Virginia Regulatory Town Hall
Department of Education
State Board of Education
Guidance Document Change: Every day, throughout the Commonwealth of Virginia, educators and school leaders work to ensure that all students have an opportunity to receive a high-quality education. As a part of that work, educators strive to meet the individual needs of all students entrusted to their care, and teachers work to create educational environments where all students thrive. The Virginia Department of Education (the “Department”) recognizes that each child is a unique individual with distinctive abilities and characteristics that should be valued and respected. All students have the right to attend school in an environment free from discrimination, harassment, or bullying. The Department supports efforts to protect and encourage respect for all students. Thus, we have a collective responsibility to address topics such as the treatment of transgender students with necessary compassion and respect for all students. The Department also fully acknowledges the rights of parents to exercise their fundamental rights granted by the Fourteenth Amendment of the U.S. Constitution to direct the care, upbringing, and education of their children. The Code of Virginia reaffirms the rights of parents to determine how their children will be raised and educated. Empowering parents is not only a fundamental right, but it is essential to improving outcomes for all children in Virginia. The Department is mindful of constitutional protections that prohibit governmental entities from requiring individuals to adhere to or adopt a particular ideological belief. The First Amendment of the U.S. Constitution guarantees religious freedom and prohibits the government from compelling speech that is contrary to an individual’s personal or religious beliefs. The Department embarked on a thorough review of the Model Policies Guidance adopted on March 4, 2021 (the “2021 Model Policies”). The 2021 Model Policies promoted a specific viewpoint aimed at achieving cultural and social transformation in schools. The 2021 Model Policies also disregarded the rights of parents and ignored other legal and constitutional principles that significantly impact how schools educate students, including transgender students. With the publication of these 2022 Model Policies (the “2022 Model Policies”), the Department hereby withdraws the 2021 Model Policies, which shall have no further force and effect. The Department issues the 2022 Model Policies to provide clear, accurate, and useful guidance to Virginia school boards that align with statutory provisions governing the Model Policies. See Code of Virginia, § 22.1-23.3 (the “Act”). Significantly, the 2022 Model Policies also consider over 9,000 comments submitted to the Department during the public comment period for the 2021 Model Policies.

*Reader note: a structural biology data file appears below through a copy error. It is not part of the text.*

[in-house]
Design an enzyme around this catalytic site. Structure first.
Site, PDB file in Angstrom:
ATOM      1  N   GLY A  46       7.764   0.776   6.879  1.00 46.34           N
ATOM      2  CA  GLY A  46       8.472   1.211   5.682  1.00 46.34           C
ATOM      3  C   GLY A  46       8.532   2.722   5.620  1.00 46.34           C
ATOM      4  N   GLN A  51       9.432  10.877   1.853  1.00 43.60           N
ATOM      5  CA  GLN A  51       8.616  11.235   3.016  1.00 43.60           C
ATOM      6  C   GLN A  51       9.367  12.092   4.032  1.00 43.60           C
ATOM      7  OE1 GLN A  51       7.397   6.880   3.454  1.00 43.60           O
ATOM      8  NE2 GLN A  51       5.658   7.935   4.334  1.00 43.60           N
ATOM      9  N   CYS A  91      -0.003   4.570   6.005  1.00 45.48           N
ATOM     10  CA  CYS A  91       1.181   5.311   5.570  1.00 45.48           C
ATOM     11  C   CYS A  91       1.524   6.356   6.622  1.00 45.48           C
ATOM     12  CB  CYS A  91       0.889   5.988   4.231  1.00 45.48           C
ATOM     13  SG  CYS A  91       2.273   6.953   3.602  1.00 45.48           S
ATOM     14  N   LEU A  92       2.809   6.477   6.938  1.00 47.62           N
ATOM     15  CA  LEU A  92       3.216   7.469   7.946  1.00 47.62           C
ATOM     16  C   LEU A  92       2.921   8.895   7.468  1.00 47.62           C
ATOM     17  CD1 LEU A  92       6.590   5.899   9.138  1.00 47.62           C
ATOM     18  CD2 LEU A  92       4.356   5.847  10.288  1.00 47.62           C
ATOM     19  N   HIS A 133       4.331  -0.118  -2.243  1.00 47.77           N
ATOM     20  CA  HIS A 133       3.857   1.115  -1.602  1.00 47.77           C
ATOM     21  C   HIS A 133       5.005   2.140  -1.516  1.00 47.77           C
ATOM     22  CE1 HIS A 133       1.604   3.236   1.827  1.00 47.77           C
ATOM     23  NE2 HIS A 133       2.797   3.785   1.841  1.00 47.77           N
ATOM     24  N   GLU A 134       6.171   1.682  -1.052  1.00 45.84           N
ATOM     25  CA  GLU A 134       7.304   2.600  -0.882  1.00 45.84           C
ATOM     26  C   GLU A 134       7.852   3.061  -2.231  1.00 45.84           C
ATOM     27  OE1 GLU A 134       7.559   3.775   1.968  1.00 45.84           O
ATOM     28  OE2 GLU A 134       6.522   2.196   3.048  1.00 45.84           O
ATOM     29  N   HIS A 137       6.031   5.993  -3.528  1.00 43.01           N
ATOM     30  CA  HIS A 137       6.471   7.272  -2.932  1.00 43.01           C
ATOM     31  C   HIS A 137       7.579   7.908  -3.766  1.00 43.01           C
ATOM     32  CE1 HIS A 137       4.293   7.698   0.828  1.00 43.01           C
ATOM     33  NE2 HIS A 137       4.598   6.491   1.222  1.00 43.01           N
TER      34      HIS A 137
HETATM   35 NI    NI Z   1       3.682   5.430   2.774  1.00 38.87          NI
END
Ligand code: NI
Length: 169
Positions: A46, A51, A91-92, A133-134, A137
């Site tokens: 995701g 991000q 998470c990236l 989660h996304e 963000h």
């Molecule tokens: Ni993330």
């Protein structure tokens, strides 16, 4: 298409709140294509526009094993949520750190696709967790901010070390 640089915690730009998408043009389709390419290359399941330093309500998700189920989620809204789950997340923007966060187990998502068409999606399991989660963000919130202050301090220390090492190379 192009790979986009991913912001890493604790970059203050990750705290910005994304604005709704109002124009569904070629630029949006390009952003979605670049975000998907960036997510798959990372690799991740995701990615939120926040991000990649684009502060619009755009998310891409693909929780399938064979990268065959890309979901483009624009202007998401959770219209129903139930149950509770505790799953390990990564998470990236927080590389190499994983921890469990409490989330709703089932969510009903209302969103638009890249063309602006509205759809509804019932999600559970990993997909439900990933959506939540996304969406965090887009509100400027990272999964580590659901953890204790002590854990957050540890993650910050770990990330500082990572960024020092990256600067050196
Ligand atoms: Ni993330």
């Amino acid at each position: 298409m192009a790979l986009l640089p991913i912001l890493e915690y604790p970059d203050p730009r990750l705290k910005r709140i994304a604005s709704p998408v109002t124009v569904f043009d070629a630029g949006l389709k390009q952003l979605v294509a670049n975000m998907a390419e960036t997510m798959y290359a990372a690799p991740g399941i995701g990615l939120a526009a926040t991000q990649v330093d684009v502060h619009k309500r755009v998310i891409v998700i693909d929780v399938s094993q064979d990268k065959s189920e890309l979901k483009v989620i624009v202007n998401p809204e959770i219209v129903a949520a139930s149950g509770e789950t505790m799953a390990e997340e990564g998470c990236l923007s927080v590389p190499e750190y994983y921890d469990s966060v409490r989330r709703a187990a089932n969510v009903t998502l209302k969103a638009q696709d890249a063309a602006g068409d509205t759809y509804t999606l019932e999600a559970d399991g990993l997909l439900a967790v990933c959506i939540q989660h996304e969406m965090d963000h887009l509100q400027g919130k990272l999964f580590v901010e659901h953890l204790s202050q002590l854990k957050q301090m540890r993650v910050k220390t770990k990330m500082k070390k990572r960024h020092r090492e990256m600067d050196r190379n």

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10/26/22  11:55 pm
Commenter: Concerned Public School Parent

Lawsuits against schools that secretly help students transition could devastate budgets